Empowering Rural Tanzania

By 13 March 2019 January 13th, 2020 DigI project, Digital health, Digital inclusion, Internet access

The Basic Internet Foundation, together with it’s international DigI project team, brings free Internet access and envisages Digital Inclusion for everyone. This time, the destination was Tanzania connecting yet another unconnected villages.

On the 4th of March 2019, the team headed towards the North of Tanzania, approaching Esilalei, Selela and other villages in the Arusha region. The plan was easy: buy SIM cards from the different telecom operators, solar equipment to power-up the measurements, take our equipment to the field, find out good locations for establishing the hot-spot, and start the operation.

Reality was something different: Having left Mto wa Mbu, we figured out that the mobile network was vanishing much faster than we anticipated. So, we stopped on the way to make measures of field strength, quality, and throughput (see figure 1). The best position to make measurements was on top of the car, using both a mobile phone for field strength measurements and the real equipment for checking the quality of the Internet access.

Figure 1: Measuring Mobile Networks

Though we had tested everything both in Norway, prior to shipping, and in Dar es Salaam, after delivery, equipment did not work in the fields. A configuration bug, not enabling the antenna to connect to the 3G network at 900 MHz, made the first day of measurements a disaster.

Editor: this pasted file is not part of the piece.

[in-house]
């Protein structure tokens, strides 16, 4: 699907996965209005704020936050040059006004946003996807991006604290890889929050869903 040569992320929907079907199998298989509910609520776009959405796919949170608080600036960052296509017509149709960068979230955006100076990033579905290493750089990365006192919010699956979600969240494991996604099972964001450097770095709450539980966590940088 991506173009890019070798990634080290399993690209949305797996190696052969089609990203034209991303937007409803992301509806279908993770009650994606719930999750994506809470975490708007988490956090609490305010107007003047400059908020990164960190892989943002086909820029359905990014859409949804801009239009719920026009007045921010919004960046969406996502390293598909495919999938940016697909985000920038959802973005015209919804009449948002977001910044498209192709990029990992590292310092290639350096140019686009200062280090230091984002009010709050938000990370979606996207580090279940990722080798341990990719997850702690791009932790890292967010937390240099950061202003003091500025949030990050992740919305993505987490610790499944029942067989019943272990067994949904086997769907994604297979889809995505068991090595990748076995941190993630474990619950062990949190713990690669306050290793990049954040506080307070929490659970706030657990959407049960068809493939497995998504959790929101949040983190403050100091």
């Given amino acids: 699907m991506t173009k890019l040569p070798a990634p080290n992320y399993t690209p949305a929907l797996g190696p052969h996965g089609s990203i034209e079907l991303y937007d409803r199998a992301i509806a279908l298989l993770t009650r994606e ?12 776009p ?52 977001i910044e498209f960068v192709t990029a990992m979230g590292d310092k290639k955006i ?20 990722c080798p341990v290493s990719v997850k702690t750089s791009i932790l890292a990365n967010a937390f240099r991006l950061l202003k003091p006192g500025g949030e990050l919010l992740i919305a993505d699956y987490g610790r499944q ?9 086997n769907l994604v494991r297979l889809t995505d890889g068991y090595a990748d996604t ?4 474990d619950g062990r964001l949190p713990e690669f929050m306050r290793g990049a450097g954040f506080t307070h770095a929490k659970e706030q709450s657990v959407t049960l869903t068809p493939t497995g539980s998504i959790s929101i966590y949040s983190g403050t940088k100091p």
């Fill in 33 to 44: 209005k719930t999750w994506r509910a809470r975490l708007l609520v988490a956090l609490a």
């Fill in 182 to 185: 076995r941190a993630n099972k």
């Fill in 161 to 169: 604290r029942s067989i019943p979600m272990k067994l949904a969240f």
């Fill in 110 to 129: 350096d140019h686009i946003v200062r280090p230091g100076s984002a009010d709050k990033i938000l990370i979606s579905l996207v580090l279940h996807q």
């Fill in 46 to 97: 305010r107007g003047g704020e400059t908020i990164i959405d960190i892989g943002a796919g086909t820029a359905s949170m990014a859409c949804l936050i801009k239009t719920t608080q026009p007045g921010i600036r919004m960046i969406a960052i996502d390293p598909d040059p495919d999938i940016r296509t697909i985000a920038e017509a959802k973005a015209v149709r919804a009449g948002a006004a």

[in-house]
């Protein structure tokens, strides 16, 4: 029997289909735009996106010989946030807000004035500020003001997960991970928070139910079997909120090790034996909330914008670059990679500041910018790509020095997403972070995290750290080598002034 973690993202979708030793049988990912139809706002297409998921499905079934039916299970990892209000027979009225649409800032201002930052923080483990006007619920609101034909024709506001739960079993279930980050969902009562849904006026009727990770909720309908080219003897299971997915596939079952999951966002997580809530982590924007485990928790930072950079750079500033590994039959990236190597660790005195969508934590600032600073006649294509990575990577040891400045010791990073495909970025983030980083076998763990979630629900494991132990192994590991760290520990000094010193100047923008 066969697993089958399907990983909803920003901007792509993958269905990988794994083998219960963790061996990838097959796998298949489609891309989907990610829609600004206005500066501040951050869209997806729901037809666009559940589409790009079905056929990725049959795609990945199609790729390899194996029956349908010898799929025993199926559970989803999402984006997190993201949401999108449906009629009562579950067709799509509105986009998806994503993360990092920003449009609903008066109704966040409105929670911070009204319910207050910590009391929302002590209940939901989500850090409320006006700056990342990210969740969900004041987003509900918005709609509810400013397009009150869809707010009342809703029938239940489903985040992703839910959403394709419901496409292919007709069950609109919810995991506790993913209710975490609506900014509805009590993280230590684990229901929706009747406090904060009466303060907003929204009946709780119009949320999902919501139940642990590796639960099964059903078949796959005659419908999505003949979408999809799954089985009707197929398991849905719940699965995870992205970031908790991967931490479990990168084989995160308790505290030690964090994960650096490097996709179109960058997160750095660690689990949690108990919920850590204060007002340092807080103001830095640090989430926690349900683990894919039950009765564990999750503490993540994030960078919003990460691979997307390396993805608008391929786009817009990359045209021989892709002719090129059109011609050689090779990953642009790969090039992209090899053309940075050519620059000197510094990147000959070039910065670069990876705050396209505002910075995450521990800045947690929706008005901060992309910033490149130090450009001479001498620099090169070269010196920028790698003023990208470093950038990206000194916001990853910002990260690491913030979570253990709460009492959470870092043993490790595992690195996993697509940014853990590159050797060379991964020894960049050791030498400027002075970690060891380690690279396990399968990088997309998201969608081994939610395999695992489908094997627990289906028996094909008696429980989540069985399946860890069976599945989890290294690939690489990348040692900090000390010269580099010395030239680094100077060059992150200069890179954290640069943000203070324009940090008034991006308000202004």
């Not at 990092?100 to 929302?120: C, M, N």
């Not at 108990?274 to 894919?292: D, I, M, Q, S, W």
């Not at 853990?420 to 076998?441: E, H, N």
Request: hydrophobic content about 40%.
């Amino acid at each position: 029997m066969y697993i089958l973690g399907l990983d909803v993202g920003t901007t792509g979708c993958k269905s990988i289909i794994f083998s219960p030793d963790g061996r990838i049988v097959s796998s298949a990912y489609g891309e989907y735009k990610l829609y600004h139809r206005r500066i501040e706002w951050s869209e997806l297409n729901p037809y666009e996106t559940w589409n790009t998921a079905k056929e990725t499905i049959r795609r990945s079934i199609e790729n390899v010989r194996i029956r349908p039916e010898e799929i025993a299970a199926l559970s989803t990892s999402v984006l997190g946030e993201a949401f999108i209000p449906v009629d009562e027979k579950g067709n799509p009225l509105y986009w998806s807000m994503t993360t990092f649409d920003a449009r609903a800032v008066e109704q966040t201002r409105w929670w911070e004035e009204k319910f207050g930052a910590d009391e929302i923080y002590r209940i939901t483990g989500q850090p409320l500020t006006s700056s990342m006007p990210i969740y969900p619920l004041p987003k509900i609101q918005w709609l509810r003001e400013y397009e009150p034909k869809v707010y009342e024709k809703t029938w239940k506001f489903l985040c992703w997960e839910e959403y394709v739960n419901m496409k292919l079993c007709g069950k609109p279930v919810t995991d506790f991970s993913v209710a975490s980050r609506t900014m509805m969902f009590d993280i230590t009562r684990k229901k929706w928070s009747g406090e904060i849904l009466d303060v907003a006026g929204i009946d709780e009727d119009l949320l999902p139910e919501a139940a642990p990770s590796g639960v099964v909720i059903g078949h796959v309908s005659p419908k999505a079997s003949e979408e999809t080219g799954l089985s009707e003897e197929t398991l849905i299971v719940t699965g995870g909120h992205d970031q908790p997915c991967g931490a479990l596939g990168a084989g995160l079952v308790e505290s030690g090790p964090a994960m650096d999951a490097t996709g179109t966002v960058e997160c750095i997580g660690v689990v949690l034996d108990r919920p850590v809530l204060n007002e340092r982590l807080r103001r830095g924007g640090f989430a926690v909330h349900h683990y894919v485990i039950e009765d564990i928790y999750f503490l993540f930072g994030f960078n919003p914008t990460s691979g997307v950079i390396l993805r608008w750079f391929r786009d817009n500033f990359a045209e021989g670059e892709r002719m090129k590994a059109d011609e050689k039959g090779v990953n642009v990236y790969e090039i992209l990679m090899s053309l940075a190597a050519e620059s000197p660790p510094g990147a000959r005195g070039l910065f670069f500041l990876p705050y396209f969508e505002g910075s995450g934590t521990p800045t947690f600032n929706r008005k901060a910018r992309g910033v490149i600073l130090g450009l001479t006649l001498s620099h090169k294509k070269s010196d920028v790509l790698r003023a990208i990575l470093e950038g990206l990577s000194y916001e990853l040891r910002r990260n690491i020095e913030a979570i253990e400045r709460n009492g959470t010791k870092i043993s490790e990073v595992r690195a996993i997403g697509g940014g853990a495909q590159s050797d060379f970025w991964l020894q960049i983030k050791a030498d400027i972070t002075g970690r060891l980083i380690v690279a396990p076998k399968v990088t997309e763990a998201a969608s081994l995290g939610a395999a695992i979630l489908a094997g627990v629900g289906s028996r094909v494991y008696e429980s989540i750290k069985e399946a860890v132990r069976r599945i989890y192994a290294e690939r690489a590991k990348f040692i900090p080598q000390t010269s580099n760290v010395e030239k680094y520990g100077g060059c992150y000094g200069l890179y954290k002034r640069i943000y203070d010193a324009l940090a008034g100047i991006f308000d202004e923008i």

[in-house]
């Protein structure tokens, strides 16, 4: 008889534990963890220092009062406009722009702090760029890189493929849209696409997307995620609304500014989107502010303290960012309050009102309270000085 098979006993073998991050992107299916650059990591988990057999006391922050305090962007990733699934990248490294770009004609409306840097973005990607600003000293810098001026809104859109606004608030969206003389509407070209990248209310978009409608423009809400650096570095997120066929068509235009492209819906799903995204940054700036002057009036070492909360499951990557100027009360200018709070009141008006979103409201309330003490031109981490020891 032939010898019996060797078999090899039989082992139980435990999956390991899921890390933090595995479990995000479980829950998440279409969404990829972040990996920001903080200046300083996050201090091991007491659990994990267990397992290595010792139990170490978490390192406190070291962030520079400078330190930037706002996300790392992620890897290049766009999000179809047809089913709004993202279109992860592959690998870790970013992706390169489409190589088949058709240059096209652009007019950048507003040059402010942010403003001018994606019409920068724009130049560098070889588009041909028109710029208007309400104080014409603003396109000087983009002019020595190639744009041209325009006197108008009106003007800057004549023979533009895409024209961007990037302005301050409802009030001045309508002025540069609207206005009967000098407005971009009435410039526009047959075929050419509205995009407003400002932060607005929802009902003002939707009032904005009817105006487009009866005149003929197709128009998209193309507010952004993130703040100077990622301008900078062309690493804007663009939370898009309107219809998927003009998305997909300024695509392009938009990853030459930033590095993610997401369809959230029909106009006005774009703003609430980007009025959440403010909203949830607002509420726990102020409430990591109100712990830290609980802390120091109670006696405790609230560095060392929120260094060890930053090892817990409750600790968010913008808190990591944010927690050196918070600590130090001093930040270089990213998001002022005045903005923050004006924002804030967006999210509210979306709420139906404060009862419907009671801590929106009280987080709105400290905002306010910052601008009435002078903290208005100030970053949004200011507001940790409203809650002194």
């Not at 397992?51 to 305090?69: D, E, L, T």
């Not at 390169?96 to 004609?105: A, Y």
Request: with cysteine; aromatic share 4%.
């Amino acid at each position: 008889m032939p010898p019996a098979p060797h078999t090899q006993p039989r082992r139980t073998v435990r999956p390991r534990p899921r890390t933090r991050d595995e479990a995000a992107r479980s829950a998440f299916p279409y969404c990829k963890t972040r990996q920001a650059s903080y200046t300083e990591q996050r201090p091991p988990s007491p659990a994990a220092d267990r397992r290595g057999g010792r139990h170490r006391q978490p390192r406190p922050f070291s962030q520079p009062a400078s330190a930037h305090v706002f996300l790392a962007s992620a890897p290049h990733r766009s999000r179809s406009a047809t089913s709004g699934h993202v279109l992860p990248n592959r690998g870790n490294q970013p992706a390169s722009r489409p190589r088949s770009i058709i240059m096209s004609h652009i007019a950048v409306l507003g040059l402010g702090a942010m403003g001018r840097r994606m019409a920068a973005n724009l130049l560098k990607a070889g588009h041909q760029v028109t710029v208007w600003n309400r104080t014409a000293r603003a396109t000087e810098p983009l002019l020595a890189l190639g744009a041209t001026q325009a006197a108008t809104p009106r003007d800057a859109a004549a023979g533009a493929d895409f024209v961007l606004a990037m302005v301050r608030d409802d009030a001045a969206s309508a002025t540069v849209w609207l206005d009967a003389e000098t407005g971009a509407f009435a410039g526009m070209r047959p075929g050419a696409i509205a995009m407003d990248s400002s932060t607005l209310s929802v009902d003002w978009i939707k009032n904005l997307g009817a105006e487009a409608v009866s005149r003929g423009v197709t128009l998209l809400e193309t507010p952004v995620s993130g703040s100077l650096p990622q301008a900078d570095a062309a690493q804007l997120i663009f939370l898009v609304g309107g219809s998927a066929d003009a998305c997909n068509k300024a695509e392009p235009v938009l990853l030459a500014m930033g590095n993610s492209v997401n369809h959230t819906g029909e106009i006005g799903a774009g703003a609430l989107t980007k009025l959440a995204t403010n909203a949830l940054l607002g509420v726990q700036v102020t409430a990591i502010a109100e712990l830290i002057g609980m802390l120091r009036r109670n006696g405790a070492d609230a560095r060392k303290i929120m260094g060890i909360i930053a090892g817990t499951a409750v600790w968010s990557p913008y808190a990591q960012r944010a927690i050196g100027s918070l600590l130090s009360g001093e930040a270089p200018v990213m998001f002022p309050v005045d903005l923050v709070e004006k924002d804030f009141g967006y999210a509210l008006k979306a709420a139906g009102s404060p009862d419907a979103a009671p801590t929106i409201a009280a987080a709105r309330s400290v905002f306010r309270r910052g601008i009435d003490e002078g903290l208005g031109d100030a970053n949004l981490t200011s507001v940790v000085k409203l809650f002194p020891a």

Thus, the night and the following morning was used to reconfigure the equipment together with our experts in Spain and Norway, to finally succeed in creating the information spot using Internet Lite.

Figure 2: testing equipment in Mto wa Mbu

While part of the team re-configured, the other part of the team went out to Esilalei to install the solar power system.

Having had success both in installing the solar power, and in re-configuring the information spot, we then decided to revisit Esilalei to finish the implementation and install the information spot.

What a view after we left the main road, and headed another 20 km out into the darkness. Suddenly, we saw a light. “Was it the moon?” – No, it was the light in the dark from our information spot. And, it was the only light on the whole horizon, as far as we could see. We still had to drive for another 10 km to come to the building, where full activity took place. People unloaded water from a van, and the Ward leader and his hot-spot administrator experienced their first evening with lights.

Installing information spot was a question of 10 min. Connecting cables, directing the antenna towards the mobile network, and training the local people on how to connect to the Wifi. Finally, we established WhatsApp group for all questions and suggestions related to the information spots with Internet Lite for all.

“It was not only Internet Lite, it was the light in the darkness.” Prof. Josef Noll, Secretary General of the Basic Internet Foundation

Figure 3: Light in the Darkness, the Info-Spot at Esilalei

Figure 4: An excellent environment for the Internet Lite infrastructure

Figure 5: Explaining Internet Lite to the village leader and the local coordinator

Everyone in the team was excited to state that: “It is easy to provide at least one information spot in each village, thus creating the basis for free access to information for all. Thus we invite everyone to join us for digital inclusion and social empowerment.”

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